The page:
In Australia, these protestors grew up to cheer the soldiers who were sent to protect the East Timorese from Indonesian-backed terror in the lead up to the vote on self-determination. They loved the Australian Army that previously they'd vilified. Yet it was the same Army: the same traditions, the same values, the same mission, and the same tactical methods. Nothing had changed but now the former protestors lapped it up with a shovel. They were despicable 30 years ago, and they are despicable still.

Posted by Jonathon Delacour on 21 July 2002 (Comment Permalink)

Jonathon, as I said, I am unaware of what the Australian demonstrators did, and if they did what you have said, then yes, they were dispicable.

But there were those of us who conducted legitimate protests against the Vietnam war that in no way displayed anything but respect and concern for the soldiers in Vietnam. At least among the protests I attended.

Posted by Burningbird on 21 July 2002 (Comment Permalink)

The Gulf War started (and finished) in the months before my eleventh birthday. I have wispy memories of my parents being so happy when the Berlin Wall fell, about the end of something they called the Cold War—a concept not easily understood by a boy of nine. Until college, Vietnam was something my parent's older cousins did, something that made for interesting footage on the Discovery Channel. Nowhere near as interesting as laser-guided bombs falling down Iraqi ventilation shafts, shredding buildings like so many splinters.

I've always been fascinated by the military. I still am, to be honest. In college I decided that Army ROTC was the place for me. I was going to be an infantry officer, because that's where the action is. My instructors were some of the most amazing individuals I've had the pleasure to know, capable of such violence and while maintaining the rigid moral and professional integrity demanded of the modern American soldier. They taught me things about myself I didn't know. They pushed me past the physical and mental limitations I thought I had. They demanded more than I had, and I happily delivered.

I ate the training up. It was exhilarating. The feeling of an assault rifle nudged deep into the crook of your shoulder is one that cannot be duplicated in the civilian world. Like Jonathon, I enjoyed the tactics and the patrols and the days and nights in miserable conditions and the throaty rumble of artillery impacting downrange. There was a voice in the back of my head that told me that when this was all real it would be terrifying and sickening, but the rest of me was having too much fun to listen.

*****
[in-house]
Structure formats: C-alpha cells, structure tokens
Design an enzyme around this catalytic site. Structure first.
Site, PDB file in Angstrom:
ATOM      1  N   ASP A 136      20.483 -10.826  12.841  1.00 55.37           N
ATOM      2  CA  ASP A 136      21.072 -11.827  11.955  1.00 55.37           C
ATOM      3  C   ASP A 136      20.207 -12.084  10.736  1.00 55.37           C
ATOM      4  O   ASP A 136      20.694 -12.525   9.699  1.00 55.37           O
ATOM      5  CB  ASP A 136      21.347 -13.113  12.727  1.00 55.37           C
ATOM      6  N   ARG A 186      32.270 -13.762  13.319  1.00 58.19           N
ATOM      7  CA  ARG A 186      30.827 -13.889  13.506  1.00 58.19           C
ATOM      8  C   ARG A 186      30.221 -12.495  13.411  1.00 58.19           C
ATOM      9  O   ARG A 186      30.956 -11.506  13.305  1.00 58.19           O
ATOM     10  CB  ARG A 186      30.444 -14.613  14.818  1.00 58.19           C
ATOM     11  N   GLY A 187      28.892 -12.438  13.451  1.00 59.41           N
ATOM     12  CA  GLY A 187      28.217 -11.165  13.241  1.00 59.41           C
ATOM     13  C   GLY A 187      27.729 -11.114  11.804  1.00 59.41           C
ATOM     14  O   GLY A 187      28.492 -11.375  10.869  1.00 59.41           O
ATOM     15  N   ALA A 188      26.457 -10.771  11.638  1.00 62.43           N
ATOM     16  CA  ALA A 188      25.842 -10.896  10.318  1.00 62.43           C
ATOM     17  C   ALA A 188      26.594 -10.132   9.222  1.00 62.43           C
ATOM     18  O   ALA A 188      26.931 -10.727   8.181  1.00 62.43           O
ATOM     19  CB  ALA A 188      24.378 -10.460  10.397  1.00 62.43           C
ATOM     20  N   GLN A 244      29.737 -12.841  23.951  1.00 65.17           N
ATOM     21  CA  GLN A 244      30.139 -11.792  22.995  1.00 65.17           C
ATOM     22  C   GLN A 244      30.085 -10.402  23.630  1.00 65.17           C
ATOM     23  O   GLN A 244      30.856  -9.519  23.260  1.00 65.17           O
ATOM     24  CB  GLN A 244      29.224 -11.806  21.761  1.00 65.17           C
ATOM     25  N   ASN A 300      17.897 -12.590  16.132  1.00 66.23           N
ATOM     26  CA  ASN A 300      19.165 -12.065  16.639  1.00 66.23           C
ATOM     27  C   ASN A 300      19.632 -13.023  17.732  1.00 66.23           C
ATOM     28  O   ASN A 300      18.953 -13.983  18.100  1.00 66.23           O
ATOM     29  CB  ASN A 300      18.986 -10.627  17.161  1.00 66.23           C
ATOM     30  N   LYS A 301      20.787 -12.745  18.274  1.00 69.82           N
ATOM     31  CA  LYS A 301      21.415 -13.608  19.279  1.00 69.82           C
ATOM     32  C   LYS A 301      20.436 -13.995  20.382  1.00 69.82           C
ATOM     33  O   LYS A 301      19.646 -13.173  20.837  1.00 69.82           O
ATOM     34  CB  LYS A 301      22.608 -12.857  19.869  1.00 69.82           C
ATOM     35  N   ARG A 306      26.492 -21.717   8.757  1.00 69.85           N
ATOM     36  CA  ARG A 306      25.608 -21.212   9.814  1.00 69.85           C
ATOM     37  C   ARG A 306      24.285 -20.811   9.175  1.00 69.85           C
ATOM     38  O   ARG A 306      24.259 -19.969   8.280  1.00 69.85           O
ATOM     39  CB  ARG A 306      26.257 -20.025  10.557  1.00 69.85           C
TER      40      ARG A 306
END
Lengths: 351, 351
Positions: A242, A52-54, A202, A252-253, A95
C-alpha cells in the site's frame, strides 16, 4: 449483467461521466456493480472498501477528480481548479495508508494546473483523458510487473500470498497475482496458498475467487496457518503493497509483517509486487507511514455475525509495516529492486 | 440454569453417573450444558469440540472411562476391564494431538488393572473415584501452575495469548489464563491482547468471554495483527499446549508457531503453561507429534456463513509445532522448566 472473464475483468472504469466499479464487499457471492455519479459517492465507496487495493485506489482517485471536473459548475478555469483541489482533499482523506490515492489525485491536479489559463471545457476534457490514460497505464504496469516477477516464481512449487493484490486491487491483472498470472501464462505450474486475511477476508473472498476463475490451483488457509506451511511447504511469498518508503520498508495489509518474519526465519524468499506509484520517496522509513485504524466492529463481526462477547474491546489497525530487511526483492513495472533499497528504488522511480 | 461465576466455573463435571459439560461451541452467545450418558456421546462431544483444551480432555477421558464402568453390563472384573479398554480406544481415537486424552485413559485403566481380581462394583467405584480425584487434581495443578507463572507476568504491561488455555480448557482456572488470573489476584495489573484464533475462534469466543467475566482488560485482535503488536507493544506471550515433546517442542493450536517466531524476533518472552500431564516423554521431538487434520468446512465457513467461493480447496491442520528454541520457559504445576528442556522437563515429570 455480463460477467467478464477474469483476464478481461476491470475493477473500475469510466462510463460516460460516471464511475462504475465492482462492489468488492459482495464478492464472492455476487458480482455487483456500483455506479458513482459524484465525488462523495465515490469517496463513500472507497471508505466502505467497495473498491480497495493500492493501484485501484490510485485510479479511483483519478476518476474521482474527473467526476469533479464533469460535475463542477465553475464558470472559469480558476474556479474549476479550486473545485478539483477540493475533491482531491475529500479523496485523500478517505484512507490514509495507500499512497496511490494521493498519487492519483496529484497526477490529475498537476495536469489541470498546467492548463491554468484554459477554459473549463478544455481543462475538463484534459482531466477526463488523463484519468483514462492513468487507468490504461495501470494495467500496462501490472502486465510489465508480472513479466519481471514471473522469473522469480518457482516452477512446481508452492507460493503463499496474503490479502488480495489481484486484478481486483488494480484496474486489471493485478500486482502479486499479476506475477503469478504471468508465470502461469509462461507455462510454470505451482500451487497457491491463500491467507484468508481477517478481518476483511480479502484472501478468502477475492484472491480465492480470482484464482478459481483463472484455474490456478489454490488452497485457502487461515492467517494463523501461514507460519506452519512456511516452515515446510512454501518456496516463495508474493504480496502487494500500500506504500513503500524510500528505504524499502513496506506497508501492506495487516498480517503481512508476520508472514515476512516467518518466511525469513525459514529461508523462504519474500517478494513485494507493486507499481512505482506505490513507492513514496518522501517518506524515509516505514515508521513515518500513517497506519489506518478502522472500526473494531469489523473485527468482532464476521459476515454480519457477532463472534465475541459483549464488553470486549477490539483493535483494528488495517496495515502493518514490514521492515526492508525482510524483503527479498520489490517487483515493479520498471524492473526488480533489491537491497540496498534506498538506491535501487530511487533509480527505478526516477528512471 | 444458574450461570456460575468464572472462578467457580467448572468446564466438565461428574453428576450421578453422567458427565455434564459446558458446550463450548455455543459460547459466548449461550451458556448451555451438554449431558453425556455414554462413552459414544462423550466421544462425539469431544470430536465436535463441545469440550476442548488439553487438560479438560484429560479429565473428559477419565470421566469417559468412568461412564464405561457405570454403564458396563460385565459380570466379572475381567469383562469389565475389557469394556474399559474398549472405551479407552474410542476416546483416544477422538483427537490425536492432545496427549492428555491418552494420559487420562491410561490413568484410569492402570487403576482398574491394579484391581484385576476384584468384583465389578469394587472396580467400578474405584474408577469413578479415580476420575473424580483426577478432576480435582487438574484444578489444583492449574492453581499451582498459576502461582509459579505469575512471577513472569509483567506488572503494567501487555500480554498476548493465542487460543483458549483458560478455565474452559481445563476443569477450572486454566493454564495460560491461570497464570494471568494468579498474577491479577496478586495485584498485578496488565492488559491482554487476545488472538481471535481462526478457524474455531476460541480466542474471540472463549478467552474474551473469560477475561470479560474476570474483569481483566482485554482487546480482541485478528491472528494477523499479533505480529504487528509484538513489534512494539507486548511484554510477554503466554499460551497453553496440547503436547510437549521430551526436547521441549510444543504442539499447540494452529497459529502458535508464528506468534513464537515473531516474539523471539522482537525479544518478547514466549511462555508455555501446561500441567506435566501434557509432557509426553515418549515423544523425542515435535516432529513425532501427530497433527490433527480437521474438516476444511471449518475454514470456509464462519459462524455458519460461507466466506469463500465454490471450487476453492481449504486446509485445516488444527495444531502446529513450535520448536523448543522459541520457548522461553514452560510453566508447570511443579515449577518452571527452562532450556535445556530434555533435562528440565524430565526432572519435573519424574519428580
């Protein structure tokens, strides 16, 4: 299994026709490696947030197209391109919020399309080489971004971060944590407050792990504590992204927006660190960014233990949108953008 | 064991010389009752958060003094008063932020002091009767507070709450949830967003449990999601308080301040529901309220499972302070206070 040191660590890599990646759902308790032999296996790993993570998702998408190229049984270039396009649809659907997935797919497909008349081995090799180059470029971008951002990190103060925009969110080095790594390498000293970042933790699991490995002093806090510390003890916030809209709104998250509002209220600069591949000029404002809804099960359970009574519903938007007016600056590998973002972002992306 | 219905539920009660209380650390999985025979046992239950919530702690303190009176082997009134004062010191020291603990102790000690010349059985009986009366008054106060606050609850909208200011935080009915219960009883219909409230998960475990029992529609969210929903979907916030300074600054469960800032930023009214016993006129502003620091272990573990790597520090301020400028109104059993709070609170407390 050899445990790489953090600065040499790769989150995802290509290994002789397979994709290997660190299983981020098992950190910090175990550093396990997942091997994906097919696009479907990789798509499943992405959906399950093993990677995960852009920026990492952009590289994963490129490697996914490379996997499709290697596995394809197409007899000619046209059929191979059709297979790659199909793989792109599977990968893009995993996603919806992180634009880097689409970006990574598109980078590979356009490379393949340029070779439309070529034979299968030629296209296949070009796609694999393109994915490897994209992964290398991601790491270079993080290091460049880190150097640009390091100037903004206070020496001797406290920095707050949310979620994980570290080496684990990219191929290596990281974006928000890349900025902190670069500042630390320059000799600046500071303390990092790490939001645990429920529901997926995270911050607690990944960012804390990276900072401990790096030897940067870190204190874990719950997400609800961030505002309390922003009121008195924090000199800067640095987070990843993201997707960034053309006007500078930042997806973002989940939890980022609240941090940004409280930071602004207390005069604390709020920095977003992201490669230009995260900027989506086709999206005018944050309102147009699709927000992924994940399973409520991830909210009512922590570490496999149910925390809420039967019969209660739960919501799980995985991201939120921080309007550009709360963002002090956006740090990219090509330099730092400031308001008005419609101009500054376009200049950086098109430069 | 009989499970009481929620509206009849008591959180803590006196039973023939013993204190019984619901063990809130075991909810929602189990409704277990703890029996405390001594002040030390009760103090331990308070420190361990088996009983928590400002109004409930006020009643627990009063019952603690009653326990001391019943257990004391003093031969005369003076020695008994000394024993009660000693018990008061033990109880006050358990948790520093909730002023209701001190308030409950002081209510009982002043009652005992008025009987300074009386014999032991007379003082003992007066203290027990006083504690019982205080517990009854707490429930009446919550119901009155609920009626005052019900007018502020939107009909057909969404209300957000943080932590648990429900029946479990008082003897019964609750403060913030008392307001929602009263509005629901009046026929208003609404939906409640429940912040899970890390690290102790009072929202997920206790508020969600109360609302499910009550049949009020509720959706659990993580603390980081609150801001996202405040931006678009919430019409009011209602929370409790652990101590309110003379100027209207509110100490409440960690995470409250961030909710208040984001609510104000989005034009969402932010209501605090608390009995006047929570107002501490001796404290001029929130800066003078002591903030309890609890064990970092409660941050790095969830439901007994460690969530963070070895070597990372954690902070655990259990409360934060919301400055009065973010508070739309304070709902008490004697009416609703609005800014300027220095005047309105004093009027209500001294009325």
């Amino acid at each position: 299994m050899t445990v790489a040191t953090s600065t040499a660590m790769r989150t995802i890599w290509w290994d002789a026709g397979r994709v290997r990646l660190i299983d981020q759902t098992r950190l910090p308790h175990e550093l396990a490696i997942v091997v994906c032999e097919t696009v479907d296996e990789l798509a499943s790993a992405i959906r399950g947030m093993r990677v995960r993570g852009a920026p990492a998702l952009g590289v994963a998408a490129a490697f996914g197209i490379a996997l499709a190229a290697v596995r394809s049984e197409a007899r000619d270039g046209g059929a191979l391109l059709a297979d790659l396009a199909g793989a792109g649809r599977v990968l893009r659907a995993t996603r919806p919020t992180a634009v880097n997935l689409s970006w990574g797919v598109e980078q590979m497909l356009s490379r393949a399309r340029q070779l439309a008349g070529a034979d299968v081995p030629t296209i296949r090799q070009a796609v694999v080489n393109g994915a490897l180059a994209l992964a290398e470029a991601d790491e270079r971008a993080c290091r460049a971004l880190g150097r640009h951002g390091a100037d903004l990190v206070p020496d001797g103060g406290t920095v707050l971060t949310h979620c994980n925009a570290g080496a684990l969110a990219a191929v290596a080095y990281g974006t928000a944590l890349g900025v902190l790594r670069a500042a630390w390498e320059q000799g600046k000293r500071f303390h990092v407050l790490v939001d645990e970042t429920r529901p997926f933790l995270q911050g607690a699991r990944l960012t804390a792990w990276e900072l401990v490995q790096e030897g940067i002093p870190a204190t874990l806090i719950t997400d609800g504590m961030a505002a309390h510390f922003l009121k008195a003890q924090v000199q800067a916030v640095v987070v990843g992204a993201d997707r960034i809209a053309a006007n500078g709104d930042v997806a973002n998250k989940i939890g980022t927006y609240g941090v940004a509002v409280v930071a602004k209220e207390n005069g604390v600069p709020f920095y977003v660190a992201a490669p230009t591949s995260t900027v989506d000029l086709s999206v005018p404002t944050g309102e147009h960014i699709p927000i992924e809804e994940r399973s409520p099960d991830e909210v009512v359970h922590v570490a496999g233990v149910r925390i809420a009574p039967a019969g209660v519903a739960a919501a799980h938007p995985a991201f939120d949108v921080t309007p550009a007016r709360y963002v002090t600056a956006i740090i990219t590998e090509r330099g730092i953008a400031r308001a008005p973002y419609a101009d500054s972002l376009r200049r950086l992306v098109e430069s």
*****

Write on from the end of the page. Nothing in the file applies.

We were working in a Military Operations in Urban Terrain (MOUT) course, clearing a buildings one at a time, working on our urban assault tactics. It was hard, long, grinding, ugly work, done at night under the eerie glow of parachute flares. We'd been at it for most of the night, after a day's forced march to get to the course in the first place. I was exhausted—my nervous system was stuck somewhere between numb and hyperactive, having been so tense for so long.

My buddy and I spun into a room containing two of the enemy, Army ROTC people like myself that were tasked to be the bad guys that night. My buddy fired a quick burst at the person on the left, "killing" him. My weapon jammed, as it has a tendency to do when firing blanks, and in a single smooth motion I brought the rifle up over my head, preparing to use it as a bludgeon as I had so many time on bayonet assault courses. It was all muscle memory. There was no conscious decision to be made.

Lucidity kicked in before I brought the rifle down on the "enemy." Army ROTC is, of course, a co-ed organization as the Army must train male and female officers at the same time, and the "enemy" was an eighteen-year old blond girl. Her eyes were filled with the most horrible fear I had ever seen, fear that I can see and smell and feel to this day. She thought I was going to kill her, and she was nearly right.

I apologized, she cried, and it was never fun again.

I do not always respect the political leadership that issues the orders, but I am unwavering in my respect for those men and women who are tasked to carry those orders out. It takes a special, vital kind of person to be able to do what their nation calls them to do and return with body and mind intact. I couldn't do it, but I am thankful every day that there are those who can.

For my part, I am hoping to put my soon-to-be earned Political Science degree at work in international diplomacy, solving conflicts with words so that we don't have to call on our military to solve them with bullets.

Posted by John on 21 July 2002 (Comment Permalink)

There is a war in the planning and a war consciousness developing in the USA that makes me fear we, the citizenry, will be called upon to focus the lens of reality once again with analysis, organization, and protest.

As a Vietnam war protester I lacked clarity and consistency of vision. I thought perhaps armed struggle, a revolution, would be necessary to take the country back. Today, I feel that any war is inhuman and dooms the participants, whther "right" or "wrong."

There are justice issues that must be addressed, and state power is required to address them, but we are wrong if we do it in a warlike manner and frame of mind. This I believe.

Posted by Frank on 21 July 2002 (Comment Permalink)